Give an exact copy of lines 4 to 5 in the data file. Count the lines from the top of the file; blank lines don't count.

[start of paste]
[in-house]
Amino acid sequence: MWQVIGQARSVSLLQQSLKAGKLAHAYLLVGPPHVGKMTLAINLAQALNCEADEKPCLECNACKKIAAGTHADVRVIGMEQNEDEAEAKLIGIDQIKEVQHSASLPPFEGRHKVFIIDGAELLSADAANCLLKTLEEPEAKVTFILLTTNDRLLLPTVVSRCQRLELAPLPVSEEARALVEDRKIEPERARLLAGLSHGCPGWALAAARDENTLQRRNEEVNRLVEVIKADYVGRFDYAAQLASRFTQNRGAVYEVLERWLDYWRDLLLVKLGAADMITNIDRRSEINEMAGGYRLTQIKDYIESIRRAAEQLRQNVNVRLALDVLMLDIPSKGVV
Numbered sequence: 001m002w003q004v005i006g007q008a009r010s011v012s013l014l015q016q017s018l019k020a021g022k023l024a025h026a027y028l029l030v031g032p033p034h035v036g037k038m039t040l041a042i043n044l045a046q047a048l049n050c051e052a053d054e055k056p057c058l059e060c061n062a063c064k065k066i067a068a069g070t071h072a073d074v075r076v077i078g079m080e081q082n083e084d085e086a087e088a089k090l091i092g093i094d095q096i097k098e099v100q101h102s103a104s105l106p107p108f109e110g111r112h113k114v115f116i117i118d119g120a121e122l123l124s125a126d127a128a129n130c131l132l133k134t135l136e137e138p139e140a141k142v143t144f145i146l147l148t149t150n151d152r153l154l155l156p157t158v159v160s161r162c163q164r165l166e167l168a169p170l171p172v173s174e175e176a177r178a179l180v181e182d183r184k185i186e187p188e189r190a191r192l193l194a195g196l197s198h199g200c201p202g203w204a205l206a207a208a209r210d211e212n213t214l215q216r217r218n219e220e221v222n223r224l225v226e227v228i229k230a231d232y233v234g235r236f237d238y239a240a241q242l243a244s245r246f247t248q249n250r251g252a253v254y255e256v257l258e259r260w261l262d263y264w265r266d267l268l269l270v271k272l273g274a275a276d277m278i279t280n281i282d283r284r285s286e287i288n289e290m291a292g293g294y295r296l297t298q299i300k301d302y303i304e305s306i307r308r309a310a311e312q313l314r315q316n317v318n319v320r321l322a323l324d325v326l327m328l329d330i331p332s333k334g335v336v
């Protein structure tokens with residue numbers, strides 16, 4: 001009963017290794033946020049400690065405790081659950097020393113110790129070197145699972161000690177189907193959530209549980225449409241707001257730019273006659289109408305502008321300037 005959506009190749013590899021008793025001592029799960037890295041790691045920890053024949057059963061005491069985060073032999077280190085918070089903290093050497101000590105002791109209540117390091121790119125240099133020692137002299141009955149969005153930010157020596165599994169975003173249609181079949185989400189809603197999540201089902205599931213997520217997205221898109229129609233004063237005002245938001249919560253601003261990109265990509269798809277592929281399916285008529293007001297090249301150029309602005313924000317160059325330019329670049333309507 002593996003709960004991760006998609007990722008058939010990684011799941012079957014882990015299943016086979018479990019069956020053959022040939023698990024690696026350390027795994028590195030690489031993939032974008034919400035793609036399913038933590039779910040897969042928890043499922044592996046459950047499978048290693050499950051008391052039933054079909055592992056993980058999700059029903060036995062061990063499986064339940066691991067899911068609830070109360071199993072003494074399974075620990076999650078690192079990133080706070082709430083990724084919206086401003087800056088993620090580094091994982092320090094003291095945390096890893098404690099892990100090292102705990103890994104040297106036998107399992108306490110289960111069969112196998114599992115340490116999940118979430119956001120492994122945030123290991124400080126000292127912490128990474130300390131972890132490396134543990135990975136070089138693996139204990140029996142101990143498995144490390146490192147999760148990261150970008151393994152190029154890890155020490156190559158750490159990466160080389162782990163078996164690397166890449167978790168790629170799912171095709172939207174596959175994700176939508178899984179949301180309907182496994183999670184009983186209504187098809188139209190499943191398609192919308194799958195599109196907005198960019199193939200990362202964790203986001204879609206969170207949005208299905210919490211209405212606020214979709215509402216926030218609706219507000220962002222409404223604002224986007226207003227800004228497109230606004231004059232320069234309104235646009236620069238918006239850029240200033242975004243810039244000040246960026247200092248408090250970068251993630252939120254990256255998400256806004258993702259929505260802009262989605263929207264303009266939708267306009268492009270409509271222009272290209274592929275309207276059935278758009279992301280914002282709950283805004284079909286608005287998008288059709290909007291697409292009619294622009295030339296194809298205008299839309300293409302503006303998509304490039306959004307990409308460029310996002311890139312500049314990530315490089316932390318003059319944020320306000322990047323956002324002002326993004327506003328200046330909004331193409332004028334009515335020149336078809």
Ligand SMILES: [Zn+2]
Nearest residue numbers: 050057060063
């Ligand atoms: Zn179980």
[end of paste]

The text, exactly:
């Protein structure tokens with residue numbers, strides 16, 4: 001009963017290794033946020049400690065405790081659950097020393113110790129070197145699972161000690177189907193959530209549980225449409241707001257730019273006659289109408305502008321300037 005959506009190749013590899021008793025001592029799960037890295041790691045920890053024949057059963061005491069985060073032999077280190085918070089903290093050497101000590105002791109209540117390091121790119125240099133020692137002299141009955149969005153930010157020596165599994169975003173249609181079949185989400189809603197999540201089902205599931213997520217997205221898109229129609233004063237005002245938001249919560253601003261990109265990509269798809277592929281399916285008529293007001297090249301150029309602005313924000317160059325330019329670049333309507 002593996003709960004991760006998609007990722008058939010990684011799941012079957014882990015299943016086979018479990019069956020053959022040939023698990024690696026350390027795994028590195030690489031993939032974008034919400035793609036399913038933590039779910040897969042928890043499922044592996046459950047499978048290693050499950051008391052039933054079909055592992056993980058999700059029903060036995062061990063499986064339940066691991067899911068609830070109360071199993072003494074399974075620990076999650078690192079990133080706070082709430083990724084919206086401003087800056088993620090580094091994982092320090094003291095945390096890893098404690099892990100090292102705990103890994104040297106036998107399992108306490110289960111069969112196998114599992115340490116999940118979430119956001120492994122945030123290991124400080126000292127912490128990474130300390131972890132490396134543990135990975136070089138693996139204990140029996142101990143498995144490390146490192147999760148990261150970008151393994152190029154890890155020490156190559158750490159990466160080389162782990163078996164690397166890449167978790168790629170799912171095709172939207174596959175994700176939508178899984179949301180309907182496994183999670184009983186209504187098809188139209190499943191398609192919308194799958195599109196907005198960019199193939200990362202964790203986001204879609206969170207949005208299905210919490211209405212606020214979709215509402216926030218609706219507000220962002222409404223604002224986007226207003227800004228497109230606004231004059232320069234309104235646009236620069238918006239850029240200033242975004243810039244000040246960026247200092248408090250970068251993630252939120254990256255998400256806004258993702259929505260802009262989605263929207264303009266939708267306009268492009270409509271222009272290209274592929275309207276059935278758009279992301280914002282709950283805004284079909286608005287998008288059709290909007291697409292009619294622009295030339296194809298205008299839309300293409302503006303998509304490039306959004307990409308460029310996002311890139312500049314990530315490089316932390318003059319944020320306000322990047323956002324002002326993004327506003328200046330909004331193409332004028334009515335020149336078809």
Ligand SMILES: [Zn+2]